A batch of mosquitoes collected in Wilmette on Friday tested positive for the West Nile Virus on June 26, according to the North Shore Mosquito Abatement District (NSMAD).
West Nile mosquitoes are out more than a month earlier in Wilmette than in 2011, , according to Dave Zazra, communications manger for NSMAD.
. Illinois has reported 17 batches of mosquitoes that tested positive for virus so far this year, according to CBS Chicago.
West Nile Virus Likes Hot, Dry Weather
The hot and dry weather are two factors promoting the virus and the mosquitoes’ development.
“The hot weather decreases the time from egg to flying adult and also the virus replicates faster in this hot weather,” Zazra said.
Outbreaks of the disease are particularly common in northern Cook County, because the climate is ideal for the Culex mosquitoes or “house mosquito” that carries West Nile Virus, Zazra said.
House mosquitoes likes hot, dry weather consistently above 85 degrees, they like to breed close to people’s homes and the smallest amount of standing water possible, he said.
In 2011, three human cases of West Nile Virus were found in Kenilworth, Glencoe and Northbrook, with one death, according to Zazra. The first human case occurred in Illinois in 2002, when the virus struck more than 800 individuals. It flared up again in 2005 and 2006, when the state recorded 252 cases and 12 deaths and 215 cases and 10 deaths, respectively.
NSMAD began testing mosquitoes in Wilmette for the virus in April and will continue to test mosquitoes throughout the summer, Zazra said.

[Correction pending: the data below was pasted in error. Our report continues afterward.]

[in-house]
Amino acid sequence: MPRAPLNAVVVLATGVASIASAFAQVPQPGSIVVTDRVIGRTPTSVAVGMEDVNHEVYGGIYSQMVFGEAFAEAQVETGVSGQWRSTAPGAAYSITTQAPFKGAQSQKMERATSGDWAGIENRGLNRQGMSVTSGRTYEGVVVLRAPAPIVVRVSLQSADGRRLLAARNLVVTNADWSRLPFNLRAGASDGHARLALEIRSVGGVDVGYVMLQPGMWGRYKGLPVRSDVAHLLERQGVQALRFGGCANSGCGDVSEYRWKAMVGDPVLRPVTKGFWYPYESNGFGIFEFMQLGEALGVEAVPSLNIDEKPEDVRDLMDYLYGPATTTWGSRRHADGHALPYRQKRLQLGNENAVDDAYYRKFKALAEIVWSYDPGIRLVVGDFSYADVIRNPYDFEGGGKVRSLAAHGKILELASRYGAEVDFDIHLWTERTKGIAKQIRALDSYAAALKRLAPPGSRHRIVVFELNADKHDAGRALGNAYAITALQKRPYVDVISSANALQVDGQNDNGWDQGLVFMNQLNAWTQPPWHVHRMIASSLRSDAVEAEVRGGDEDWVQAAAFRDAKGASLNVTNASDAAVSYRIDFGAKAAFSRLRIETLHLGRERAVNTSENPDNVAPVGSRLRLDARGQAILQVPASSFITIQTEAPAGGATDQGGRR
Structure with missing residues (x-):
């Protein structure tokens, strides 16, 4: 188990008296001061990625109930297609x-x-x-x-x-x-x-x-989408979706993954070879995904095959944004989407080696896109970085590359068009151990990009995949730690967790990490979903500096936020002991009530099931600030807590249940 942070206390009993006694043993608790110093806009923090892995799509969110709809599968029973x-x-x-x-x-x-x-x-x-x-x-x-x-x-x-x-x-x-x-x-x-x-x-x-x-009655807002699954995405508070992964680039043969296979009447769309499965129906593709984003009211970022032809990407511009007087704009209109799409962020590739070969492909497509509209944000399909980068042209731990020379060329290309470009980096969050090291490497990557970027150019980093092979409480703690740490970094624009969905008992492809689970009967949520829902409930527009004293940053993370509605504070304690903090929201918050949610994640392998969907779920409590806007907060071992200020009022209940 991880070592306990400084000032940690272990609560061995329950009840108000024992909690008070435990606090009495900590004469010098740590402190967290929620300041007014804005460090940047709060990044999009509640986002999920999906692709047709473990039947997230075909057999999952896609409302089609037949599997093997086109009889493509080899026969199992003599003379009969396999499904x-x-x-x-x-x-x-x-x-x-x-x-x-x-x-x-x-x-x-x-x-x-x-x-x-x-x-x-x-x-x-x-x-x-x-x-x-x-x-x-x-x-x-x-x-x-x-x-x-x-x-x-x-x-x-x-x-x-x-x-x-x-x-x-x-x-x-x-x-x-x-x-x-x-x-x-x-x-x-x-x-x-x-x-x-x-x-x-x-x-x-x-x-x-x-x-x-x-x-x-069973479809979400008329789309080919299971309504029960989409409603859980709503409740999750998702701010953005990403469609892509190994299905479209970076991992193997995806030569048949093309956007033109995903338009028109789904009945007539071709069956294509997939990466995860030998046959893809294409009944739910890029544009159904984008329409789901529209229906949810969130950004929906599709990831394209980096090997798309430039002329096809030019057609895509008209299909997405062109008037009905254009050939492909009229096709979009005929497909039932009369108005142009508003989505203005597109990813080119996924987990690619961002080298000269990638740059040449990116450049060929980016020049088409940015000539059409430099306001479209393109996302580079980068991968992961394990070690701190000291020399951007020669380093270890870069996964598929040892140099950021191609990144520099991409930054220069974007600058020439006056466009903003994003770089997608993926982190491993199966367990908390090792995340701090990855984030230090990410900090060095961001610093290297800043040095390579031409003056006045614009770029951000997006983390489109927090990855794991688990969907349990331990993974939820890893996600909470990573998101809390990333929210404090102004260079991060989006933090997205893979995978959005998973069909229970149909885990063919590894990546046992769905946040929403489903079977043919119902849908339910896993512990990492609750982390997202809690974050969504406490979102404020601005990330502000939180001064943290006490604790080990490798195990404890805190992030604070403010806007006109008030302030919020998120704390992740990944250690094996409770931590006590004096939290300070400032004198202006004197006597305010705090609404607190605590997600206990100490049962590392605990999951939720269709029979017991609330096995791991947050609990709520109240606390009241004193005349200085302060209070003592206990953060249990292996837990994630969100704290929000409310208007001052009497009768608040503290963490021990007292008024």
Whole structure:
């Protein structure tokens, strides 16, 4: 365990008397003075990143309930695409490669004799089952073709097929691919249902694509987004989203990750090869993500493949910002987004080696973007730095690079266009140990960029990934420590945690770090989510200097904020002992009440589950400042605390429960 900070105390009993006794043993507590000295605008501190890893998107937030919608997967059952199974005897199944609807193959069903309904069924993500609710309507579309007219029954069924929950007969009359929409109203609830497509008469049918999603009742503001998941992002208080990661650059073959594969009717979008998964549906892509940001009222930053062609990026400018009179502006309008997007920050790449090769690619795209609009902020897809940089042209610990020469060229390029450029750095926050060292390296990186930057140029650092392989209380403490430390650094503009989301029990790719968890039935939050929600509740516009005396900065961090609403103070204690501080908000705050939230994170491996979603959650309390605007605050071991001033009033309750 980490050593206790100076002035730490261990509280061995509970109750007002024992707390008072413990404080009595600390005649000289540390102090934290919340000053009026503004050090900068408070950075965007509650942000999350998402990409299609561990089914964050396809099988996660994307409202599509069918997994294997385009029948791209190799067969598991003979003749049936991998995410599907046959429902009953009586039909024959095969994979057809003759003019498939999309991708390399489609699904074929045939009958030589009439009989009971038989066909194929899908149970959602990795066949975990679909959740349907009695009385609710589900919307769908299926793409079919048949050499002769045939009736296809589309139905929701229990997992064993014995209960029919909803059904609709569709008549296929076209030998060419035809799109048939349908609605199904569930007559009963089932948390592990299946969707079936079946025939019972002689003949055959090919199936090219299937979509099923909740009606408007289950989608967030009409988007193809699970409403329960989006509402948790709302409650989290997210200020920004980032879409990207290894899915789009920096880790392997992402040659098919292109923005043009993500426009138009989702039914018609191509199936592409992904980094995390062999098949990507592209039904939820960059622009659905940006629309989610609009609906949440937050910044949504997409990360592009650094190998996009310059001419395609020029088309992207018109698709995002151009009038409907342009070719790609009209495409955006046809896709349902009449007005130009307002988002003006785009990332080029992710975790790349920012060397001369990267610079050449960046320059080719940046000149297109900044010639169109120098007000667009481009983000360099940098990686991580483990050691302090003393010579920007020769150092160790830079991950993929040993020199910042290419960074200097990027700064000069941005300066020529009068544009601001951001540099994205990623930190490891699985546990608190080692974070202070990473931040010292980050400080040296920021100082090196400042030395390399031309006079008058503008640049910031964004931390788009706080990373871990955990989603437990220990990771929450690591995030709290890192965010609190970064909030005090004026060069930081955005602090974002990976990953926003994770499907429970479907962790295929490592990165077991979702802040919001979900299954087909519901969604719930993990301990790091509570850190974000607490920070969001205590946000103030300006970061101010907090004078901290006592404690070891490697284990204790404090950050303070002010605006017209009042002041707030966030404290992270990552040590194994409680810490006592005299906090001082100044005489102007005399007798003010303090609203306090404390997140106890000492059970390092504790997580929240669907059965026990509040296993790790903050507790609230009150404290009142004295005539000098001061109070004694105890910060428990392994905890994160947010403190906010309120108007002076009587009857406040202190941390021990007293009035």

According to the Centers For Disease Control and Prevention (CDC), roughly 80 percent of people infected by West Nile Virus do not show any symptoms. Milder symptoms, including fever, headache, body aches, nausea and vomiting, are common among the roughly 20 percent who do show symptoms.
While the vast majority of infected people show no symptoms, about one in 150 may develop severe symptoms. These can include high fever, disorientation, coma, muscle weakness, vision loss, numbness and paralysis, according to the CDC.
Adults older than 50 are more at risk of developing serious symptoms, and should be more cautious about avoiding mosquito bites.
When it comes to personal protection, health officials boil it down to two words: wear repellent.
“Residents should start taking precautions by wearing repellent around dusk and dawn, and loose light color clothing,” Zazra said. “Basically cover as much skin as possible.”
A complete list of tips to avoid mosquitoes from breeding on your property can be found on the North Shore Mosquito Abatement District website.